Be an Ethical Entrepreneur, Marketer, and Business Builder

Owning a business MUST be part of your wealth generation strategy

The reason for this is actually extremely simple and direct: Taxes

If you could consistently make 20% MONTHLY returns in the stock market you’d still benefit from a small business. Realistically, I can’t think of a single reason not to own a small business. Even if the business only employs you, there are tax advantages though there are certain advantages, such as healthcare, that are only possible with people working with you.

Keeping in mind that less than 12% of millionaires, according to The Millionaire Mind, are professionals (i.e. doctors, lawyers, engineers, etc.) and the vast majority create their riches through building a business, that’s actually beside the point. My point in this blog is simply that owning a brick and mortar business has many advantages that even your 1-man-show-no-employees-to-deal-with internet business can’t match. Let’s look at a few:

  1. Taxes
  2. Room to cutback
  3. Health Insurance
  4. Retirement Accounts

The quantity of tax advantages possible with a small business are for more numerous than a short blog can cover so I’ll touch on a few highlights:

  1. Pre-tax Expenses – Your gross pay is meaningless. Your net pay is all that matters and when your phone, internet, car, car insurance, business meals, and travel are all paid for by your business the savings are huge. As an example, if all of those pre-tax expenses add up to only $10,000 per year and you are in the 30% Federal Income bracket, have 5% state income tax and have to pay 15.3% in FICA (7.65% from the employee and 7.65% from the empoyer) you’d have to pay yourself over $20,000 in salary to afford the same expenses. If you own a business and those expenses only amount to $10,000/year you probably need a better accountant. Keep in mind you have to be honest about the use of those items. For instance, my company doesn’t pay for my entire cell phone bill because obviously I use the cell phone personally a portion of the time. The same is true for my vehicle allowance.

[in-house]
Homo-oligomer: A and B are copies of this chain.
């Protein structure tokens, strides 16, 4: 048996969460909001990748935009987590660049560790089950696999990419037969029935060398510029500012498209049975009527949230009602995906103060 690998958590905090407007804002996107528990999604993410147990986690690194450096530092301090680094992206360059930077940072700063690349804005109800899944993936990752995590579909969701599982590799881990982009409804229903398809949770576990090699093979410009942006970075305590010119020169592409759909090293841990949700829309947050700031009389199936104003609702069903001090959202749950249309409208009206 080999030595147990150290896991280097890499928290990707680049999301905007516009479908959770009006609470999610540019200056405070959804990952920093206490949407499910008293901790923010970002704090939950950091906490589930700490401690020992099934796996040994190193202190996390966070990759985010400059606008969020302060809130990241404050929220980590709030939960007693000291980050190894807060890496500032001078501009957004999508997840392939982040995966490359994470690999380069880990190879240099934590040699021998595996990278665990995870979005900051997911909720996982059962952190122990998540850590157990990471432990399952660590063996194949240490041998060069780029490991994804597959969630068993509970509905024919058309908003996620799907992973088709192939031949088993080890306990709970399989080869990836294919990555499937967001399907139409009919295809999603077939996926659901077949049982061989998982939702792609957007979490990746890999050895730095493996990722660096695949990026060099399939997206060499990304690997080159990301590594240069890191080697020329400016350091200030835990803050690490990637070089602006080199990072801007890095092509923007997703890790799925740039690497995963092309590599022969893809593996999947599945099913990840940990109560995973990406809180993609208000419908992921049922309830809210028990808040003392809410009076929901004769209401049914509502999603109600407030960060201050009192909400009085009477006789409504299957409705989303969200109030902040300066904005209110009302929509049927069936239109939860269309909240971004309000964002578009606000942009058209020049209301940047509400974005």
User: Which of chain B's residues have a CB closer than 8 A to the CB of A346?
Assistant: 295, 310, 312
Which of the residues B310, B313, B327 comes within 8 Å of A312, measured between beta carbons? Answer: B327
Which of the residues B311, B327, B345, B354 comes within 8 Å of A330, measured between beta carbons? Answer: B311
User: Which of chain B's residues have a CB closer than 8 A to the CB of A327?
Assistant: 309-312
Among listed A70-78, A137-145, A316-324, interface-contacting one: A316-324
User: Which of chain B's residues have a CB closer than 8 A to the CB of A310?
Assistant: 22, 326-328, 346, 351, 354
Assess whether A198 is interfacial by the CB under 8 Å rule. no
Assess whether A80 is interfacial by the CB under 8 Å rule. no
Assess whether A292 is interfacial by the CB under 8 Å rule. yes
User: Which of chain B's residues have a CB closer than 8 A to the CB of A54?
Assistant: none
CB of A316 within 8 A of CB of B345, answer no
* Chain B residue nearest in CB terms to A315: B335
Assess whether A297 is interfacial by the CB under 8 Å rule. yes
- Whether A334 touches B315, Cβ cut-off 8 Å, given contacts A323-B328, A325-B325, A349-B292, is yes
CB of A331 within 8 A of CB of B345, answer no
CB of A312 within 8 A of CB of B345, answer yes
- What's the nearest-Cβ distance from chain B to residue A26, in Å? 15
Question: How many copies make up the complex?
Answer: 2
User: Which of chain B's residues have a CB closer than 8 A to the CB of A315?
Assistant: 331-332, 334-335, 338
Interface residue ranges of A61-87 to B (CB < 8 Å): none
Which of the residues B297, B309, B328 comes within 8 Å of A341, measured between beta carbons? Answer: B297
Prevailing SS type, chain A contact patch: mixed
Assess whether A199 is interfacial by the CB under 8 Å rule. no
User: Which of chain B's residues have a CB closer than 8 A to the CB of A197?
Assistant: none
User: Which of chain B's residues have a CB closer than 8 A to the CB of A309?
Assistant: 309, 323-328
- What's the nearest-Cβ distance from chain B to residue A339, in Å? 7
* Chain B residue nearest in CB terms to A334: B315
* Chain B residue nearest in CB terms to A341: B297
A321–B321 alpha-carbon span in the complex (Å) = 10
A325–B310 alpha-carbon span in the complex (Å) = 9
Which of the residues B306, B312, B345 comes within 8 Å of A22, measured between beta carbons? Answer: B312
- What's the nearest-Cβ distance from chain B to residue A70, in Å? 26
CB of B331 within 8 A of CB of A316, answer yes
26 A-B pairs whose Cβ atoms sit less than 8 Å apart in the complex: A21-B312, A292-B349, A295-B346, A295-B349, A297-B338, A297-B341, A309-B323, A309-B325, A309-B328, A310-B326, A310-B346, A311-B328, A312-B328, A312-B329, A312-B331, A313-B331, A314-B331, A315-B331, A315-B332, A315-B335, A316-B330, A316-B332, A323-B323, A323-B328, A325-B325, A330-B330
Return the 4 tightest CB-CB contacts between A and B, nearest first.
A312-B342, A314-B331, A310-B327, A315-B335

2. Distributions – When you have a pass-thru entity you have to pay yourself a “reasonable” salary and the rest of the profit you can take as a distribution without paying any FICA tax (a savings of 15.3%).
  3. Racing This is probably my favorite! In essence, if you like racing cars, motorcycles, airplanes, bicycles or have some other hobby and you don’t mind plastering your race vehicle with your business’ logo, then your vehicle and most of the expenses related to racing can be paid for pre-tax as a marketing expense for your business.
  4. Real Estate – If your business requires a building and you own the building in a separate entity (most likely an LLC), your business can rent the building from your other entity and the rent is passive income that isn’t subject to FICA (again saving you 15.3% over a salary). Obviously the rent has to be reasonable.

As you can see, just these few items can quickly add up to tens of thousands of dollars in tax savings even with a business grossing less than $500,000 per year. Obviously, the larger the business, the greater the savings.

By room to cutback, I simply mean that if you have a business that employs just you and sales drop, guess who the first one to get fired is? On the other hand, if you have a business with just a dozen employees and sales start dropping now you have a lot more room to cut payroll before you’re out of a job or taking a pay cut. As a small business owner, I know personally that cutting others before you cut your own pay is extremely difficult to do, but you can’t deny that, if necessary, you and your family have a bit of extra security.